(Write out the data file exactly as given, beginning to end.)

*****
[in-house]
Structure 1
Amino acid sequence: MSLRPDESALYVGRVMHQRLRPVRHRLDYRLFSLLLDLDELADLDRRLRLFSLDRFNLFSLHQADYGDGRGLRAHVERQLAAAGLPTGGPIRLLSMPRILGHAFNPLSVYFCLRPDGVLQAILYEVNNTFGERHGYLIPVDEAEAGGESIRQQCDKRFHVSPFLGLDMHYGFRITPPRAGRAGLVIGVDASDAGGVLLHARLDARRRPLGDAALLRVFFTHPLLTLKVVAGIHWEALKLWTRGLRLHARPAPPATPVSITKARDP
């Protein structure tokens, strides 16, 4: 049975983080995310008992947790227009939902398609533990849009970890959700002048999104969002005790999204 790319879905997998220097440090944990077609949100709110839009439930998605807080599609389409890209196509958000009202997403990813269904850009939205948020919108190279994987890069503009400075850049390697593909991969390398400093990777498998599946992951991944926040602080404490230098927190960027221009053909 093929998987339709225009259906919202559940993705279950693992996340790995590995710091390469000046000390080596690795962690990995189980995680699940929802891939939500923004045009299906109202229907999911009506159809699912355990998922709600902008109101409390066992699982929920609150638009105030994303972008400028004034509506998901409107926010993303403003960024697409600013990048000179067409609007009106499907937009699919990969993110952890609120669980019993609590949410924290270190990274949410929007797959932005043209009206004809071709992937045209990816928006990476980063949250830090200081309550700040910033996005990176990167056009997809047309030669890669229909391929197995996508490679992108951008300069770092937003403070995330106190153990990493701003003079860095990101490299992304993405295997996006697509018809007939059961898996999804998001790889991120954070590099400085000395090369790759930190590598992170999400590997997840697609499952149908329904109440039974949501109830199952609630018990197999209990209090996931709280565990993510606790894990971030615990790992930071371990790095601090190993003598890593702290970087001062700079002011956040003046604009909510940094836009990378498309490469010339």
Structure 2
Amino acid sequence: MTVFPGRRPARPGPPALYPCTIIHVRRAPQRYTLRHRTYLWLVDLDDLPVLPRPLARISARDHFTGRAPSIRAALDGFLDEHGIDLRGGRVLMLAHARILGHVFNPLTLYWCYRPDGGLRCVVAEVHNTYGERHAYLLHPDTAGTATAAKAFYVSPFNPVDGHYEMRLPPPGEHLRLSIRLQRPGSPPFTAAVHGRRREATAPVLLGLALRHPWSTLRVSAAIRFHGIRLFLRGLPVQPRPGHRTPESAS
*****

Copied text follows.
[in-house]
Structure 1
Amino acid sequence: MSLRPDESALYVGRVMHQRLRPVRHRLDYRLFSLLLDLDELADLDRRLRLFSLDRFNLFSLHQADYGDGRGLRAHVERQLAAAGLPTGGPIRLLSMPRILGHAFNPLSVYFCLRPDGVLQAILYEVNNTFGERHGYLIPVDEAEAGGESIRQQCDKRFHVSPFLGLDMHYGFRITPPRAGRAGLVIGVDASDAGGVLLHARLDARRRPLGDAALLRVFFTHPLLTLKVVAGIHWEALKLWTRGLRLHARPAPPATPVSITKARDP
């Protein structure tokens, strides 16, 4: 049975983080995310008992947790227009939902398609533990849009970890959700002048999104969002005790999204 790319879905997998220097440090944990077609949100709110839009439930998605807080599609389409890209196509958000009202997403990813269904850009939205948020919108190279994987890069503009400075850049390697593909991969390398400093990777498998599946992951991944926040602080404490230098927190960027221009053909 093929998987339709225009259906919202559940993705279950693992996340790995590995710091390469000046000390080596690795962690990995189980995680699940929802891939939500923004045009299906109202229907999911009506159809699912355990998922709600902008109101409390066992699982929920609150638009105030994303972008400028004034509506998901409107926010993303403003960024697409600013990048000179067409609007009106499907937009699919990969993110952890609120669980019993609590949410924290270190990274949410929007797959932005043209009206004809071709992937045209990816928006990476980063949250830090200081309550700040910033996005990176990167056009997809047309030669890669229909391929197995996508490679992108951008300069770092937003403070995330106190153990990493701003003079860095990101490299992304993405295997996006697509018809007939059961898996999804998001790889991120954070590099400085000395090369790759930190590598992170999400590997997840697609499952149908329904109440039974949501109830199952609630018990197999209990209090996931709280565990993510606790894990971030615990790992930071371990790095601090190993003598890593702290970087001062700079002011956040003046604009909510940094836009990378498309490469010339």
Structure 2
Amino acid sequence: MTVFPGRRPARPGPPALYPCTIIHVRRAPQRYTLRHRTYLWLVDLDDLPVLPRPLARISARDHFTGRAPSIRAALDGFLDEHGIDLRGGRVLMLAHARILGHVFNPLTLYWCYRPDGGLRCVVAEVHNTYGERHAYLLHPDTAGTATAAKAFYVSPFNPVDGHYEMRLPPPGEHLRLSIRLQRPGSPPFTAAVHGRRREATAPVLLGLALRHPWSTLRVSAAIRFHGIRLFLRGLPVQPRPGHRTPESAS